Earlier today defence analyst Mercedes Stephenson and yours truly had something of an exchange following my rather blunt critique of some of her comments on CBC. I subsequently posted her rebuttal to my words that she was most generous enough to provide. What follows is an adaptation of my email response to the points included in that note.
Need for a CF18 replacement
Yes, I agree on the need to replace the CF18 fleet as per the needs of the Canada First defence strategy or whatever a new government comes up with. I do think there are other strategic issues emerging that will impact the ability of future conventional forces to operate as they do now (I touched on some in my first F35 post), but all other things being equal Mercedes and I agree here. My issue is not with the F35 per se, but with the lack of a competitive bidding process where other aircraft could be evaluated. I think there is a fair chance that another aircraft may prove more suitable for Canadian needs. However without an open bidding process and associated tender with listed requirements, we cannot know this for certain.
The defence procurement process problems are a bureaucratic issue that a government with the willpower to solve ought to be able to. Competive bidding clearly offers distinct advantages in empirically selecting the best suited equipment for the right price according to clear and public guidelines. Simply skipping bidding, even if not technically dodging a competitive process by acting on a pre-arranged option to buy, seems to me a slapdash and highly suspect way avoiding an overhaul of that system and could lead to its own set of problems. Opposition parties raising this point do not seek to stonewall the purchase of needed equipment for CF for the sake of stonewalling, but a fair accounting of the decision to buy. Something which the public in a democracy is entitled when our government spends our tax dollars on our defence. Further, if we're projecting a 30 year service life out of these planes, we had better be sure we're getting the ideal model.
If the Air Force seems to think the F35 is better for our needs than alternatives, then the rationale needs to be made based on a clear articulation of exactly what Canada needs are from a fighter-strike aircraft based on sound strategy papers. That everyone else is buying them doesn't, to me at least, meet that standard.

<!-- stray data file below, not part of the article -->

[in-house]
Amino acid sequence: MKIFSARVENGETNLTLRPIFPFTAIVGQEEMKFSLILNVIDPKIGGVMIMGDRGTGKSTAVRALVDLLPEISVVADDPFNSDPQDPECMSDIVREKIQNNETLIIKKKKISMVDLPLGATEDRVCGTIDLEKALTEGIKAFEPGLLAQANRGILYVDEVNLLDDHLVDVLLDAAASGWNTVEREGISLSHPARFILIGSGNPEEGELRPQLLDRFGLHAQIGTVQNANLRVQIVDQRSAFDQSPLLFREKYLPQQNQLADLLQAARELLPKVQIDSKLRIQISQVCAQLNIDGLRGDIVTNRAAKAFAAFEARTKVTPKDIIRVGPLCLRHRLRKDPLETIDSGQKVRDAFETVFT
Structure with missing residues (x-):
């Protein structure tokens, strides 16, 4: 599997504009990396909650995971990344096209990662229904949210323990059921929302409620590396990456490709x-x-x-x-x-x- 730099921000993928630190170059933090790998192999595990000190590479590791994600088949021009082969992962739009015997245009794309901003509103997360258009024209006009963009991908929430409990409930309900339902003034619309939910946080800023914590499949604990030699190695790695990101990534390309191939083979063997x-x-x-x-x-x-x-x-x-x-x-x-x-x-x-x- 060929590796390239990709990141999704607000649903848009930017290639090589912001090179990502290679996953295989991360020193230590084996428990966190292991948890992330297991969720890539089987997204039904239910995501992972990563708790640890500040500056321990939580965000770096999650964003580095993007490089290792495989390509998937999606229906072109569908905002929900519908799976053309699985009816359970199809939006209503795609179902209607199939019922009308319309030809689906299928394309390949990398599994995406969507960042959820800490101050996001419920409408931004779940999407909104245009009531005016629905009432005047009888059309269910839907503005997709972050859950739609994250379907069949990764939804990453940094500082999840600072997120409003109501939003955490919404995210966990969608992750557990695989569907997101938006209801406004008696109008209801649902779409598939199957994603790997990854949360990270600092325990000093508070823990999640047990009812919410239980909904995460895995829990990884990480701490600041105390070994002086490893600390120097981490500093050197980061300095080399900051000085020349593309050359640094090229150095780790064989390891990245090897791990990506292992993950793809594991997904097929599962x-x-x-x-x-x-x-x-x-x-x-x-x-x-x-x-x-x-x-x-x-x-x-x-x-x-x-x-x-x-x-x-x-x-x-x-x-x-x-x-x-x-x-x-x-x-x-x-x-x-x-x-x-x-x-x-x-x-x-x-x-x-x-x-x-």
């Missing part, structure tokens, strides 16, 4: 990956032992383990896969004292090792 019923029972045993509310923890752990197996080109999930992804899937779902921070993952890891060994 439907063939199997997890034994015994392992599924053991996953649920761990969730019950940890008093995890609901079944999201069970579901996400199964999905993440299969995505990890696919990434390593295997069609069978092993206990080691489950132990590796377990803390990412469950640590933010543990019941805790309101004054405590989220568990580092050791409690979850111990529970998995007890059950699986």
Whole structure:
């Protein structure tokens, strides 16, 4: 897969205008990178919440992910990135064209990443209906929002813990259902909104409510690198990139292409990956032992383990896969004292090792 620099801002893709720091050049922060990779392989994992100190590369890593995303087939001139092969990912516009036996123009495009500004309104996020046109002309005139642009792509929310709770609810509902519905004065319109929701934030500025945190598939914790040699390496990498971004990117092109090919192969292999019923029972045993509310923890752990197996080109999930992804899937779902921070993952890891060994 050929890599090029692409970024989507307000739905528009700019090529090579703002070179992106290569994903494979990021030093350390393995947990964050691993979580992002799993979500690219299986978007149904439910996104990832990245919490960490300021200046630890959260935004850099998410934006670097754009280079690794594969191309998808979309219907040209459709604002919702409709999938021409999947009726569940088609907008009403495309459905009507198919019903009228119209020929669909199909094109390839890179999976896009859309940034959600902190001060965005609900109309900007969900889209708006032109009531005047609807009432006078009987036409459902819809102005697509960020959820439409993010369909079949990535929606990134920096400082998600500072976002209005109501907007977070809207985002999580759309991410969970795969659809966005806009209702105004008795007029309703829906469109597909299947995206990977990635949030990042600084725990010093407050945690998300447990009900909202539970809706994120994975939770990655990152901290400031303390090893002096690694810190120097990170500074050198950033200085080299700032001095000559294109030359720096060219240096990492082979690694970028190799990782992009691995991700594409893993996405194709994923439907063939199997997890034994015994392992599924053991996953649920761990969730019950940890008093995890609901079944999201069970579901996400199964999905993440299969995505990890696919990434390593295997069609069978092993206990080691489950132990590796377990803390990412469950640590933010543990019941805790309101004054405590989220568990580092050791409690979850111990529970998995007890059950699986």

We can surely write off an $116 million investment (which is barely the cost of a single airframe without the maintenance costs) on an aircraft that is meant to remain in service for decades if it means we can be certain about our purchase. On that, however, the Liberals also never actually committed us to buying the thing, the money invest was also our buyout as much as our buyin. It was Canada's legitimate option to opt out until now.
Further, this post touched on some of the shortcomings of the pooled procurement process. Cost is a consideration, but cost-effectiveness ought to be based more on the articulated requirements of the aircraft, not the economics of pooled procurement which doesn't help us if the machine proves less than ideal.
Regarding the argument about cold harsh environments, nearly all modern high performance civilian and military aircraft go through rigorous enviromental testing in extremes of heat, cold, and moisture. I'm aware of nothing inherently special in this respect about the F35.
Regarding the CF18 equivalency, I stated that in terms of range and such, the F35 offers no real improvement over the Hornet. At a glance the CF18 is comparable in range, but with external fuel appears to have a much longer ferry range than the F35 based on published figures. I would speculate that the Air Force personnel are unlikely to publicly contradict the wisdom behind a pending kit purchase by the government. It doesn't help their career. Do we want an equivalent to the CF18 or something better? A 5th generation fighter with a 3rd or 4th generation range doesn't make a great deal of sense to me.
The interoperability argument for the F35 is also a bit unclear to me. The term 'interoperability' is poorly defined in the public realm, and might lend one to think that if we don't buy it, Canadian and US or British or Dutch aircraft and pilots can't work together. This is false. NATO and allied patterned aircraft all operate in fairly similar performance envelopes. Their air forces frequently train together and fight together, examples include exercises like Maple Flag, and combat operations over the Balkans, Iraq and Afghanistan. The avionics, communications and tactical equipment are purpose designed to a compatibility standard and have been so for at least a couple of generations. These systems also change with technology and aircraft refits upgrade them and mistimed upgrades might contribute to interoperability issues - CF18s have had this problem over the Balkans.
I understand the F35 has unprecedented pilot integration into the aircraft systems. If this absurdly makes the F35 unique to the point where it can't interoperate effectively with other allied aircraft and air forces, this makes it something of a liability. Unless of course everyone buys Lightnings...
Right, I'm had my fill of fancy fighter planes for the day.